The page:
Tuesday, January 19, 2016

Nietzsche's Christian Importance: Proclaiming the End of an Age

During the last period of the nineteenth century and the first years of the twentieth century a further phase of Western civilization came to an end. 156 

...The goal of the Liberal Enlightenment and revolution had been reached, and Europe at last possessed a completely secularised culture. The old religion had not been destroyed; in fact throughout Protestant Europe the churches still possessed a position of established privilege. But they held this position only on the condition that they did not interfere with the reign of Mammon. In reality they had been pushed aside into a backwater where they were free to stagnate in peace and to brood over the memory of dead controversies which had moved the mind of Europe three centuries before.

On the other hand the intellectuals who had contributed so much to the victory of the new order of things were in a somewhat similar plight. They found themselves powerless to influence the movement of civilisation, which had cut itself free, not only from tradition, but also from art and thought. The spiritual leadership that was possessed by Voltaire and Rousseau, by Goethe and Fichte, was now a thing of the past. 

The men of letters were expected to follow society, not to lead it. And this is what many of them did, whether with the professional servility of the journalist or with the disinterested fanaticism of the realist, who affirmed his artistic integrity by the creation of an imaginary world no less devoid of spiritual significance than was the social world in which he lived.

A large number found neither of these alternatives satisfactory. They turned to literature and art as a means of escape from reality. That was the meaning to many of the catchwords "Art for Art's sake." (It's true meaning, however, is to be found rather in the dilettantism of Oscar Wilde). Symbolism and aestheticism, the Ivory Tower and the Celtic Twilight, Satanism and the cult of "Evil", hashish and absinthe ; all of them were ways by which the last survivors of Romanticism made their escape, leaving the enemy in possession of the field.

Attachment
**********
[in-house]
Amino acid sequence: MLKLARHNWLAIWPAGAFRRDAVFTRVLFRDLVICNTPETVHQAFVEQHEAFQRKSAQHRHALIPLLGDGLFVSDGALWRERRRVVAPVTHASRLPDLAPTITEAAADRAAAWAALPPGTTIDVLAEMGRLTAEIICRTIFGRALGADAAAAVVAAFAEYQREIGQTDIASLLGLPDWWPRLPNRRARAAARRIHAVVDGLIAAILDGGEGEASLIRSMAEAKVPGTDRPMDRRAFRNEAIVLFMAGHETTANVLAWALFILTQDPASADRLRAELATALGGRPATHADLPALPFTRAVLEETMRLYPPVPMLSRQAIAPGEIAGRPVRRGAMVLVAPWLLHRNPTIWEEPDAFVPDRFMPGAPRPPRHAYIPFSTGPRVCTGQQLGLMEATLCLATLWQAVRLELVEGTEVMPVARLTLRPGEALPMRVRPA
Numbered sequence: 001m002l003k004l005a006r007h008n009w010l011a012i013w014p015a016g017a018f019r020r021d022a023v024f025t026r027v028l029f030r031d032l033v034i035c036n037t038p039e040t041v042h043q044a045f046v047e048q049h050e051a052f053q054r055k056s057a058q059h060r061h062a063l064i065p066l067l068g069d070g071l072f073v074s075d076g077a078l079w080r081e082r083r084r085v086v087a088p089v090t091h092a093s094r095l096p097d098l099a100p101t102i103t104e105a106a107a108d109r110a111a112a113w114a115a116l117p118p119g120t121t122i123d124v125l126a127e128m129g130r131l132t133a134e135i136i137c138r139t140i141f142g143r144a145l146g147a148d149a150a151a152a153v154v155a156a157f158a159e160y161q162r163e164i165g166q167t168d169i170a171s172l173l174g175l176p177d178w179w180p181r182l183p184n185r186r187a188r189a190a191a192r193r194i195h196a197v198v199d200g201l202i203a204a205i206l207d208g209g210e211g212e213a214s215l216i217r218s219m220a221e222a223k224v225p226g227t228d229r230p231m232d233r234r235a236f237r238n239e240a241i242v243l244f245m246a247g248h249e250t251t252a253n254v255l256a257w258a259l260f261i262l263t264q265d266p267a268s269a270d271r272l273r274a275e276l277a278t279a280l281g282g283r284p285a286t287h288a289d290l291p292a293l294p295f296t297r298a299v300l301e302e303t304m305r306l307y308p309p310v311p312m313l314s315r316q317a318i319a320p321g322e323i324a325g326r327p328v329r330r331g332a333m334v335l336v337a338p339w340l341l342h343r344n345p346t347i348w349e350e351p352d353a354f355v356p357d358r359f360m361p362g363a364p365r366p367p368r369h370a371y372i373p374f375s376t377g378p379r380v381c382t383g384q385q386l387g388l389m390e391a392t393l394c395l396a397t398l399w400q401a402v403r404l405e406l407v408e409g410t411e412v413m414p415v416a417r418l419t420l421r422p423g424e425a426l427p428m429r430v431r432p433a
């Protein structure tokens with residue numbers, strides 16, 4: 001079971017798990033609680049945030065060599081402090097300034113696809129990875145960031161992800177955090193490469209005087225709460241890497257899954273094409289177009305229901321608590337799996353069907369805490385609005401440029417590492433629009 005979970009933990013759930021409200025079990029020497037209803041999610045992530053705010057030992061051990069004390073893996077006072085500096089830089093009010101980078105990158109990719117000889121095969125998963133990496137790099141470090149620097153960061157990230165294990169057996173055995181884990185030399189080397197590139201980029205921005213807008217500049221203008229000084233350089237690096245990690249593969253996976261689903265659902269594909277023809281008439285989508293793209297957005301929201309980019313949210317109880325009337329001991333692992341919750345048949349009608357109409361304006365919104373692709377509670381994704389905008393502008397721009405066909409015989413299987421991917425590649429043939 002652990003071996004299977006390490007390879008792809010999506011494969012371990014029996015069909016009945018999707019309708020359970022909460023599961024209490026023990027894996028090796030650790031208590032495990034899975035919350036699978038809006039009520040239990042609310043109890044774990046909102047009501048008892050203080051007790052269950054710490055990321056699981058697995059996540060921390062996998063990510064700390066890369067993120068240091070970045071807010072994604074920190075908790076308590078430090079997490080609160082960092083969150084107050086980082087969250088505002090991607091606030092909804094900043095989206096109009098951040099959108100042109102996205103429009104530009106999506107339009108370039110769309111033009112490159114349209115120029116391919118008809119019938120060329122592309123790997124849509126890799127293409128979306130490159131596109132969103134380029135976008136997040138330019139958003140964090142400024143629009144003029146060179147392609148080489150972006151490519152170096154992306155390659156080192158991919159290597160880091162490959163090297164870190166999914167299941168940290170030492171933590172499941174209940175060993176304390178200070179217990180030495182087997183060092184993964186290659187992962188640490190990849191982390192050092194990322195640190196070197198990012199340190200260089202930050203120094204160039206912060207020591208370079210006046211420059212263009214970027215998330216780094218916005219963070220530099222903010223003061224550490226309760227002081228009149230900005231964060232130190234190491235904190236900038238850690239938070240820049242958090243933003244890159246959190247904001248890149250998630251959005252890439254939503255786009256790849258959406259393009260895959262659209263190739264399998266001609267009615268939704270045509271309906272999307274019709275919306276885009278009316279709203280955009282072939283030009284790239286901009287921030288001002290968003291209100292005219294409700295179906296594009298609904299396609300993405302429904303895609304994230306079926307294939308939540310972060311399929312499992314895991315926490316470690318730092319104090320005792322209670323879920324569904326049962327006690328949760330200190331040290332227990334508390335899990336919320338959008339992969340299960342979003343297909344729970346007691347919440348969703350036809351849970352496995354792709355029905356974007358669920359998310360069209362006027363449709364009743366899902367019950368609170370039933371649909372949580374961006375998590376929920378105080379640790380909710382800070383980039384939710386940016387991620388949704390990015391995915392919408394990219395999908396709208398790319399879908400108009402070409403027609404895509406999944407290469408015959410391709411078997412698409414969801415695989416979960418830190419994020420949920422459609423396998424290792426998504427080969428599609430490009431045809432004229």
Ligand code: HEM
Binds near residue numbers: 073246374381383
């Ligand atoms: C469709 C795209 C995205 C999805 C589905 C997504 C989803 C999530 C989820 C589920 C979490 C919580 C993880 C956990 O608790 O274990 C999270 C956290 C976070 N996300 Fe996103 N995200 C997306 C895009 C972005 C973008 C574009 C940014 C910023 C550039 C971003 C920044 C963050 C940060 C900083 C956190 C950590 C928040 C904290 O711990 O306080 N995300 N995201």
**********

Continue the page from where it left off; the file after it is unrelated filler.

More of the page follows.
There was, however, one exception, one man who refused to surrender. Whatever his weaknesses Friedrich Nietzsche was neither a time-server nor a coward. He at least stood for the supremacy of spirit, when so many of those whose office it was to defend it had fallen asleep or had gone over to the enemy. He remained faithful to the old ideals of the Renaissance culture, the ideals of creative genius and of the self-affirmation of the free personality, and he revolted against the blasphemies of an age which degraded the personality and denied the power of the spirit in the name of humanity and liberty.

Nevertheless, Nietzsche himself was far from being a humanist. Humanism is essentially a via media, and in the nineteenth century the via media had become identical with mediocrity. In Nietzsche's eyes humanity had become something either ridiculous or shameful, and the attempt to pass beyond humanity led him to the negation of humanism and the destruction of his own personality; as he said, the way of the creator is to burn himself in his own fire. Yet the tragedy of Nietzsche is the tragedy of the end of humanism, since it only reveals with exceptional clearness the ultimate consequences of the antinomy that was inherent in the humanist tradition from the beginning. 157-159

...Instead of the heroic exaltation of humanity which was characteristic of the naturalism of the Renaissance, we see the humiliation of humanity in the anti-human naturalism of Zola. Man is stripped of his glory and freedom and left as a naked human animal shivering in an inhuman universe. 163

Thus humanism by its own inner development is eventually brought to deny itself and to pass away into its opposite. For Nietzsche, who refused to surrender the spiritual element in the Renaissance tradition, humanism is transcended in an effort to attain to the superhuman without abandoning the self-assertion and the rebellious freedom of the individual will--an attempt which inevitably ends in self-destruction. But modern civilization as a whole could not follow this path. It naturally chose to live as best it could, rather than to commit a spectacular suicide. And so, in order to adapt itself to the new conditions, it was forced to throw over the humanist tradition.

Hence the increasing acceptance of the mechanisation of life...a growing tendency towards the de-intellectualisation and exteriorisation of life.

"Christianity and the New Age" by Christopher Dawson in Essays in Order, New York: MacMillan, 1931.
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